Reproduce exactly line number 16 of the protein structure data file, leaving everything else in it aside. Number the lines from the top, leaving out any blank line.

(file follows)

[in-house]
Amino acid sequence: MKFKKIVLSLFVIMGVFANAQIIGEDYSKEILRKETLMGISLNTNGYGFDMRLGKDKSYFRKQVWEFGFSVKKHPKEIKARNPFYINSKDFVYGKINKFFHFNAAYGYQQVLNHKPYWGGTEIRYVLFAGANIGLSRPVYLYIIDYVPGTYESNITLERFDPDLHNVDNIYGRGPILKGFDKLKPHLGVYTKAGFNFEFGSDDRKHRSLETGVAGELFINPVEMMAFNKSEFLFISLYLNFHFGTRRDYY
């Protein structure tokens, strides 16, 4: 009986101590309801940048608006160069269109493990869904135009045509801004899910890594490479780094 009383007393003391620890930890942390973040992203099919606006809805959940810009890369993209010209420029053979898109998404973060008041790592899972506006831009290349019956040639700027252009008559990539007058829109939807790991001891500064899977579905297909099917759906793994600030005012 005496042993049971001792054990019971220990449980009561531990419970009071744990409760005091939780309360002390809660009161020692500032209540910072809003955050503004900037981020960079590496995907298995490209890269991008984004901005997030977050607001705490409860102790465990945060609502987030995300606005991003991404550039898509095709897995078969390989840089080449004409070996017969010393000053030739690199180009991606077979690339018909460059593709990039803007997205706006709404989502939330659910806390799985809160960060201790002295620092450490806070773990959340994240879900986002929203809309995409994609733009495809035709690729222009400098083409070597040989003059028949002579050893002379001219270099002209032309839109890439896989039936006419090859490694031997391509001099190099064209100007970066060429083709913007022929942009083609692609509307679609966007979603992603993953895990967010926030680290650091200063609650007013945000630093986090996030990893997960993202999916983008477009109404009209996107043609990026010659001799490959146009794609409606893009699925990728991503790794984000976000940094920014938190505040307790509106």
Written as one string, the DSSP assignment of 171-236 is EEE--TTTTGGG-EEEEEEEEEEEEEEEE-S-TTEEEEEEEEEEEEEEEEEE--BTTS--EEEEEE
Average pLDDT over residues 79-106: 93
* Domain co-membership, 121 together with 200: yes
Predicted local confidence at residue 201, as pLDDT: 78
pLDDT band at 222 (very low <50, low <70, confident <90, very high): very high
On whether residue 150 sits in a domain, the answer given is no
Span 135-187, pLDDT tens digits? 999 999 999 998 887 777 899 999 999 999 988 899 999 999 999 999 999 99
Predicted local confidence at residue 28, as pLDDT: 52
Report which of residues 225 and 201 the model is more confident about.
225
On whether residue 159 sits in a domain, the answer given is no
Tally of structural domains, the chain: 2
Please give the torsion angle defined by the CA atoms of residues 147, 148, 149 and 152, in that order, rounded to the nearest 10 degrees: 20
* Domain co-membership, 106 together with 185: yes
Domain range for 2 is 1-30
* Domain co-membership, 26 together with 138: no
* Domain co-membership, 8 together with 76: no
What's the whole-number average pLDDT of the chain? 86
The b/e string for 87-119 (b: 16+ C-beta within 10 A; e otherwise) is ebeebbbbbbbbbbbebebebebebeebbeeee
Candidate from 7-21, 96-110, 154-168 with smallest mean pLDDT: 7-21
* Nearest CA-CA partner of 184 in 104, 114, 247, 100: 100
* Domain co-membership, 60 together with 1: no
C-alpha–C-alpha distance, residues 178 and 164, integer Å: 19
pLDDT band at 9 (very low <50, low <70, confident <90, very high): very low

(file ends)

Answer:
Please give the torsion angle defined by the CA atoms of residues 147, 148, 149 and 152, in that order, rounded to the nearest 10 degrees: 20